A SOUTH WARNBOROUGH business has gone global, advising businesses across the planet during the coronavirus crisis.
The Culture Builders, a consultancy firm that specialises in building high performance teams and workplaces, has been working with businesses in Asia, and following the spread of the virus across the rest of the world, has expanded into other continents.
The business has been offering advice to others on how to set-up remote working, after the government advised people to work from home where possible.
Jane Sparrow, who co-founded the business in 2011 with Chris Preston, said: “With the continuous rise in flexible working, and more and more people having the option to work from home, remote working has been an area we’ve been focusing on for a long time.
“There are so many benefits of virtual working, for both people and businesses – spanning wellbeing, productivity and the environment. A small possible upside of the COVID-19 situation is that it may prove the case for more flexible working within companies who have been slow to adopt it.”
Over the last month, people have been forced to getting used to a new way of working and communicating with loved ones, with contact between households strictly banned, and many have found it’s not as easy as they thought.
Jane and Chris have offered some advice on how to work at home effectively during the pandemic:
With video communication, webcasting, messaging platforms and more, the tech is there to make this work. But attitudes and behaviours are key. Talk about what’s important for effective remote working in your team and how you’ll work, behave and communicate to support that.
There’s the office, there’s home and then there’s the virtual third place. Agree with your team how you’ll behave there for virtual collaboration success e.g. it’s acceptable to send a quick message to say “I’ll call you back” if you’re deep in focus.
When we work remotely, our exchanges become more formal and task focused. Pick up the phone, or ping a message, just to see how someone else’s day is going. Virtual team check-ins at the start or end of each day replicate the usual social greetings and create connection.
What works in the office may not remotely. Instead of lengthy meetings, have short virtual huddles with a strong chair so people don’t get lost because they’re not physically visible. Apply this thinking to team resourcing, scheduling and action planning.
Keeping in tune with how colleagues are feeling is critical – allow time on the start of every virtual meeting to say hello properly and see how people are. Avoid a diary nightmare and assume all meetings will take longer than scheduled to allow people space to talk and share.
Sit down and look at what needs to get done each week, rather than each day. Break them down into quick tasks that don’t involve a lot of brainpower and longer ones that demand deeper thinking. It shortcuts deciding what’s possible depending on the window you have (especially if you’ve got homeschooling in the mix!).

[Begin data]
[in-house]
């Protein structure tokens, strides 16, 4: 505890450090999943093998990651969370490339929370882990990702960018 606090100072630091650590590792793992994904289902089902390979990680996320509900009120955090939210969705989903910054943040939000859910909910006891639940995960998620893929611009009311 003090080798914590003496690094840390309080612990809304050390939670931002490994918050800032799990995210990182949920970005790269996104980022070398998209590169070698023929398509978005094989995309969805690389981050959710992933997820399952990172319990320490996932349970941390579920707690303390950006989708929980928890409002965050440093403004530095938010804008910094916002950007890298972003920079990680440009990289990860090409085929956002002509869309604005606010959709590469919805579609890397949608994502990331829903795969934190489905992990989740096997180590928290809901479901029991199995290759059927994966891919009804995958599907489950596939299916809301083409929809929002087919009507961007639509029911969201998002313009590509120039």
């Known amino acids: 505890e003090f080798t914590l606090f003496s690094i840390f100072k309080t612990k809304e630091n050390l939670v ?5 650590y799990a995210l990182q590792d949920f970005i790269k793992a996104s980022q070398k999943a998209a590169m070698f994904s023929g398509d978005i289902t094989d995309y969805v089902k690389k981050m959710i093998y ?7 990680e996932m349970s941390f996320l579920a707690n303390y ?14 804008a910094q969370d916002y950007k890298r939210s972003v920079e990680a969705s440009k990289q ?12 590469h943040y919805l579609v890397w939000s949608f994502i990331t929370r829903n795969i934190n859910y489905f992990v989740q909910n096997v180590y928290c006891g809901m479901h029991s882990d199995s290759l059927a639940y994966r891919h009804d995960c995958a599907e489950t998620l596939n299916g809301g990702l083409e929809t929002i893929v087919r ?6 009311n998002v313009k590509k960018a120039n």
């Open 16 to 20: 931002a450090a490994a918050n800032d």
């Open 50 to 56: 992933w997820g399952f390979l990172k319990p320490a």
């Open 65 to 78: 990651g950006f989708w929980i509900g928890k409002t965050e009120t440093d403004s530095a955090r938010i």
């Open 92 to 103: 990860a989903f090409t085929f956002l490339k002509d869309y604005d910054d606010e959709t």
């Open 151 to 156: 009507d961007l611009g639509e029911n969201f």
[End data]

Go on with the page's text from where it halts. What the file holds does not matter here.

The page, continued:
Distractions are the biggest reason why many people say working from home wouldn’t work for them. Talk openly with colleagues about how you’re managing yours and share tips – specific break times and little rewards throughout the day are a good start!
We have a human need to feel valued and when we work remotely the opportunities for this diminish. Make sure you seek out and actively share success and that you dial up the appreciation for each other.
What gives us energy is different for everyone but your people need to work it out fast for success. A tried and tested formula is breaks + movement + fresh air (every so often). Plus avoiding the lure of the biscuit cupboard with healthy snacks instead.
Involve everyone to talk about the possible times of day when people could be available e.g. to have a team call. This might only be for half an hour – if people have childcare commitments right now, or if you have a global team – run an A and B shift to stay connected if needs be.
If you work best in the morning, try and work then, accepting that in the afternoon you may not get to work as much (especially if you’re juggling kids) but you’ve made hay at your most productive time.
The current COVID-19 situation will mean that we’re looking through a new window into each other’s homes, families and wider lives. Embrace that and use it as an opportunity to connect on a more human level – if your children burst into a video call, let them say hi!
We’re all in this crisis together so there’s no need to hide your practical limitations and challenges – set the tone and be open and honest about your own working patterns (and limitations e.g. around childcare) so that others feel comfortable to do the same.
‘Words create worlds’ and at times like this how we make people feel is everything. Remember the human beings behind the laptops, the challenges they might be facing and help each other out as much as you can.
You can find out more about the company and their advice at theculturebuilders.com.